A new randomized clinical trial published in The New England Journal of Medicine looks at the efficacy of tocilizumab for patients hospitalized with covid-19 when given in combination with remdesivir, a now-approved though underwhelming covid-19 treatment. Tocilizumab is a "monoclonal antibody" that targets receptors in our immune system called interleukin 6 (IL-6). IL-6 plays an important part in the body's inflammatory response and suppressing its action was hoped to combat counterproductive immune activity mounted by our own defenses.
In this study of 328 patients hospitalized with covid-19 and evidence of pneumonia, patients were randomized to receive standard of care treatments plus one or two doses of either tocilizumab or a placebo. The primary outcome of the study was a meaningful one: how long it was before mechanical ventilation (i.e. intubation) was necessary or death by day 28.
Patients were less likely to progress to mechanical ventilation or death by day 28 in the tocilizumab group (12 percent) compared to the placebo group (19.3 percent). In addition, only 8.6 percent of patients in the placebo group died compared to the 10.4 percent in the tocilizumab group; however, this difference was not statistically significant, meaning that it's impossible to rule out that chance alone accounted for that difference. A slightly higher number of patients in the placebo group received steroids (which have been proven to lower mortality in patients with serious covid-19 illnesses) compared to the tocilizumab group, though it is uncertain whether this contributed to fewer deaths in the placebo group. There are some patients in whom steroids help, and others it may hurt. We don't know enough about the breakdown of the patients in this study to glean that information. Length of stay in the hospital, another important outcome that patients tend to care about, was not statistically significantly different between groups.
Tocilizumab appears safe as serious adverse events were not significantly different between the study groups.
In summary, tocilizumab appears to be safe and might prevent patients from progressing to requiring mechanical ventilation, though the total effect appears to be small. Overall, tocilizumab seems slightly less effective than remdesivir, which has been shown in one major study to reduce hospital length of stay. It is unlikely that this randomized clinical trial will significantly change current practice.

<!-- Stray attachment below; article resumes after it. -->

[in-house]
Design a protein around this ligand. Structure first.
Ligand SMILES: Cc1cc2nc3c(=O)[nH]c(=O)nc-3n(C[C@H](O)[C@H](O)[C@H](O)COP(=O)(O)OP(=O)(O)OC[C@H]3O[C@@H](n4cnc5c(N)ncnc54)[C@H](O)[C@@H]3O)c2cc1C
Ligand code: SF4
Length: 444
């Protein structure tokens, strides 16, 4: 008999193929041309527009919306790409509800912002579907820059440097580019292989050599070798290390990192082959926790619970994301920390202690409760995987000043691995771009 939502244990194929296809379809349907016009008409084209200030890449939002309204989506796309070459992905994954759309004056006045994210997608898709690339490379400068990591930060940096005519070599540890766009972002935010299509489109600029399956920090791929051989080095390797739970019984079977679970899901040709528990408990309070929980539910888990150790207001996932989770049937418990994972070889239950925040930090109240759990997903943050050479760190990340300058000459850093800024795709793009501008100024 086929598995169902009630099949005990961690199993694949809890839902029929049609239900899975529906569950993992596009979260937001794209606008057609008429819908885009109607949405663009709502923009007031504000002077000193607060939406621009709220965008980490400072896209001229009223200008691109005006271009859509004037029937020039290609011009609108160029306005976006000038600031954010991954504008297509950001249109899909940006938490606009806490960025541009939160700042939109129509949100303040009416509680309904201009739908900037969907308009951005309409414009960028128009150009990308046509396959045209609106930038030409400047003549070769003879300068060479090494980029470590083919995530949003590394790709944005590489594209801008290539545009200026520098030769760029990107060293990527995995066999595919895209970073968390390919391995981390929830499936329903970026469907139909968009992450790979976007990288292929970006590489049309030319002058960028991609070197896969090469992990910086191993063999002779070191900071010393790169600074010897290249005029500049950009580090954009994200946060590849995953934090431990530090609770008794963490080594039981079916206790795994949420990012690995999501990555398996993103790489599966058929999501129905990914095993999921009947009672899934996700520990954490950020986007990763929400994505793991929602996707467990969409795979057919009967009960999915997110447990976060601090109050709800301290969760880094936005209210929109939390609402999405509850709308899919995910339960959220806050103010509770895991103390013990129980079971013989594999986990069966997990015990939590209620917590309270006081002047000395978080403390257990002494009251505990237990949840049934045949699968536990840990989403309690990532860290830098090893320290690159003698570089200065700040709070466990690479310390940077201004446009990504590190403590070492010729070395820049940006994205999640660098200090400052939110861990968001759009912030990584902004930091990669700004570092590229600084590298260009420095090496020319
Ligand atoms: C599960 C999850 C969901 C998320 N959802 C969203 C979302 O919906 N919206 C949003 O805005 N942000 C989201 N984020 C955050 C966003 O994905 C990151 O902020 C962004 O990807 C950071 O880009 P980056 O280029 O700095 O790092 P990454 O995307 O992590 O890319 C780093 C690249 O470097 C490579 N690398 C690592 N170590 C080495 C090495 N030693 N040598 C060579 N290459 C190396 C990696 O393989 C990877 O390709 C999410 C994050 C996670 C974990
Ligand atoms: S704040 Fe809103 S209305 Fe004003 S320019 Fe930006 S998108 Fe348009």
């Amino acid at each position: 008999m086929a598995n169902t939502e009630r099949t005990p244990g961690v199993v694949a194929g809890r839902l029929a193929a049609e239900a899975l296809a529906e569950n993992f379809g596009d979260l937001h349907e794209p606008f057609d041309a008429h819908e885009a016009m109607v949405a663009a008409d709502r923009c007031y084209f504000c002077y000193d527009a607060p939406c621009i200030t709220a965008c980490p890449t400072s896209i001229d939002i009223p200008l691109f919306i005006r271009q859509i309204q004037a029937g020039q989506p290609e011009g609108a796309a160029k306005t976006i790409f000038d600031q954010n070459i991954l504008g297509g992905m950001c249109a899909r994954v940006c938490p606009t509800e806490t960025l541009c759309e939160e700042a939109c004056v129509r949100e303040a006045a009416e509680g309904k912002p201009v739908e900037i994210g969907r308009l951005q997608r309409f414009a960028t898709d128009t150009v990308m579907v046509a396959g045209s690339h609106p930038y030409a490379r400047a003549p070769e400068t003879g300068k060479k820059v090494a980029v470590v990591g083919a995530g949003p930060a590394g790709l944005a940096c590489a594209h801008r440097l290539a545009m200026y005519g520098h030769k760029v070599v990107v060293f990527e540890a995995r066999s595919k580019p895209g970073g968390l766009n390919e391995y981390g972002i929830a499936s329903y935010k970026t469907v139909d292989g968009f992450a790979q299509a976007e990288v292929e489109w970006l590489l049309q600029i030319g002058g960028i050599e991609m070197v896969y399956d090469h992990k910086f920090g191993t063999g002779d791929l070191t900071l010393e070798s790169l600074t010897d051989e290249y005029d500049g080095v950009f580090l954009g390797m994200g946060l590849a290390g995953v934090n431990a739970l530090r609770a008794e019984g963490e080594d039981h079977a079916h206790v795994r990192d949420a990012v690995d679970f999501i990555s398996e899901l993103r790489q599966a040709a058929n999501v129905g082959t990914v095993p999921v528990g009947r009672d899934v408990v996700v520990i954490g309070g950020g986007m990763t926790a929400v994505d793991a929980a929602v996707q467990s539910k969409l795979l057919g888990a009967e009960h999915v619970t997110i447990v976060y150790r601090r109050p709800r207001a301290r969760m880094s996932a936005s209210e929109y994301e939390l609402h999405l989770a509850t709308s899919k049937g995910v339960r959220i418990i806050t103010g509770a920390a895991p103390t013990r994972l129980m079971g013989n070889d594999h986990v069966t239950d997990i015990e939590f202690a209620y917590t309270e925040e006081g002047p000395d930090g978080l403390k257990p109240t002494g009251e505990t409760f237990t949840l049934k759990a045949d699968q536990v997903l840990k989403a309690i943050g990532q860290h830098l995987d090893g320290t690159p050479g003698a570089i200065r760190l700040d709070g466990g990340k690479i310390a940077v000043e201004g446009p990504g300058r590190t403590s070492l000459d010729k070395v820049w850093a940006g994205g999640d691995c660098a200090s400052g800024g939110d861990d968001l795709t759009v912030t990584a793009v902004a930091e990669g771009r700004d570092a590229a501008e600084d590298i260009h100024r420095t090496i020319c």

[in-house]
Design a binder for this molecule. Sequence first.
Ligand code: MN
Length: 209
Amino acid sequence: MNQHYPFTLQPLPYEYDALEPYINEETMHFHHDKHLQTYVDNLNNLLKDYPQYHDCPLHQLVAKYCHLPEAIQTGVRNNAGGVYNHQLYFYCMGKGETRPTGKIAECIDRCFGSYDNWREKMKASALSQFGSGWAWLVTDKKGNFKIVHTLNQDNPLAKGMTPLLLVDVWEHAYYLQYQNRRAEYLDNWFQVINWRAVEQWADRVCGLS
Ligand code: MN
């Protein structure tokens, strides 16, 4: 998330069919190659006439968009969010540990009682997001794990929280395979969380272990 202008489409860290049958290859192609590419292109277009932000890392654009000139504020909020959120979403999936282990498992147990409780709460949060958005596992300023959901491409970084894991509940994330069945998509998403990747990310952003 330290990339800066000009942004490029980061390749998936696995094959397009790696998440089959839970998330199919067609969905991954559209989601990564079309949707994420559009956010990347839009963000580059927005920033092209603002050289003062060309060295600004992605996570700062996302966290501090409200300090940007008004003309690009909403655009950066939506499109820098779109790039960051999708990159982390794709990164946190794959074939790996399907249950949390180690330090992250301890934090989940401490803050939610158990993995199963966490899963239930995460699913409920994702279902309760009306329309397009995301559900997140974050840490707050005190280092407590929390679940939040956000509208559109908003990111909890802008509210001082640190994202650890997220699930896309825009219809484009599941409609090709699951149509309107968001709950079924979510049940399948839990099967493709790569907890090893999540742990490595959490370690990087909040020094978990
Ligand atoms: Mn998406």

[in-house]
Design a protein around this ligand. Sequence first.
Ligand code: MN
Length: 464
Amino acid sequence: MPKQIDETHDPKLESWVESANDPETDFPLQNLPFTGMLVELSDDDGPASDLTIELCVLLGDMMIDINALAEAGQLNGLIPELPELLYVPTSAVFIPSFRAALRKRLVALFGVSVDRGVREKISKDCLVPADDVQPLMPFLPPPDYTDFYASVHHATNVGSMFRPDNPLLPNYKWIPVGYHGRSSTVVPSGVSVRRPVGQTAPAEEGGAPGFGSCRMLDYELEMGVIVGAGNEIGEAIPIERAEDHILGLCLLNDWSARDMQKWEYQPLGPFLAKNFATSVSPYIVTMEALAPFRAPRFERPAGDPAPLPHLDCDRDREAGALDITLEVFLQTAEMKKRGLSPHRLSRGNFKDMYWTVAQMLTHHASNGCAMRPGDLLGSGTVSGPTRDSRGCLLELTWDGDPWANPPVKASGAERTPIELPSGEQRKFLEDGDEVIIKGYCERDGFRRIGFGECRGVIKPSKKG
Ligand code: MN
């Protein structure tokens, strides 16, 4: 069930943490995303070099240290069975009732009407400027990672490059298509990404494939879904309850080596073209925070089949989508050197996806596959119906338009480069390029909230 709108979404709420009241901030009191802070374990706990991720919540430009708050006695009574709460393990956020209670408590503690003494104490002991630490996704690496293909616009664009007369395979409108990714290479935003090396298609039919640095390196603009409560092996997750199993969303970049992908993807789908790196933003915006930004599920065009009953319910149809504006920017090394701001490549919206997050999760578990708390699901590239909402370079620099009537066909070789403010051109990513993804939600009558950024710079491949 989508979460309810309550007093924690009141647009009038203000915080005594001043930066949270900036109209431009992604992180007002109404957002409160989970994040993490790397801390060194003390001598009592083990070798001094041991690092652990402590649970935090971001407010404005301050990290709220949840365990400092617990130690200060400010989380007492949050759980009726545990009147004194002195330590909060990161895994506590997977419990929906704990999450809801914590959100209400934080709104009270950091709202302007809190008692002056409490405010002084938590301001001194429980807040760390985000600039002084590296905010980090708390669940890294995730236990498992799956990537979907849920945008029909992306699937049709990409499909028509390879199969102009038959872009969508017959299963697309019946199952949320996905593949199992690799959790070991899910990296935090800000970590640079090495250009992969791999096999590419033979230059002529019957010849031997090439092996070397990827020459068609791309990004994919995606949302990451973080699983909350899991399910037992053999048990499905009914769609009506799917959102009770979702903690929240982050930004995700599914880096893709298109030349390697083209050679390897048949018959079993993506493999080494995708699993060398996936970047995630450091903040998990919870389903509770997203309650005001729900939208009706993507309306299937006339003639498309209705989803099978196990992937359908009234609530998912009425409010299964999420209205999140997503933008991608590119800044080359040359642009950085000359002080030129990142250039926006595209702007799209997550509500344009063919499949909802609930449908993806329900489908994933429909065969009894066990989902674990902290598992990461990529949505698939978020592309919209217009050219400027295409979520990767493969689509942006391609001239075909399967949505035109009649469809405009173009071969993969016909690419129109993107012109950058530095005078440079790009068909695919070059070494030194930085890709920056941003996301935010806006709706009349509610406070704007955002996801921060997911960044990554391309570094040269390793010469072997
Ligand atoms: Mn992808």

Not all masks are created equal. Between attachment methods, underlying materials, and filtration features; they all make a difference. Today, there are thousands of options available to consumers. Just as all of these options vary, so does a mask's ability to perform the task for which it was ostensibly created: particulate filtration.
To date there has been no government agency responsible for setting minimum standards or ensuring compliance from manufacturers. But the National Institute for Occupational Safety and Health (NIOSH), a division within the Centers for Disease Control and Prevention (CDC) and the ideal choice for this kind of work, has been working in the background to do exactly this.
Working with a standard-setting industry organization, the goal is to publish guidelines and corresponding labels by next month. While both NIOSH and the US Food and Drug Administration (FDA) have some regulatory oversight of medical-grade masks, many of the options publicly available are essentially pieces of cloth. This renders them immune from such regulatory scrutiny. While the CDC has published general recommendations on appropriate mask practices, a national standard with testing and validation is vital to adequate population protection.
This past year, the mask industry has taken off. In fact, interest in masks fundamentally changed many business models, including Etsy, which helped sell $346 million worth of masks to 4 million users. Meanwhile, an iteration of the XPRIZE has been launched to "reimagine protective face masks used to prevent the spread of COVID-19 by making them more comfortable, functional, accessible, and even stylish." The "Next-Gen Mask Challenge" will give $1 million to the winner. Interestingly, a delay in announcing a winner was recently announced by the organizers because the judges felt that tangible metrics should be used to choose a winner. To that point, perhaps NIOSH and the FDA will soon provide much-needed quantitative guidance that could make such evaluations—whether in competition or the marketplace—more objective.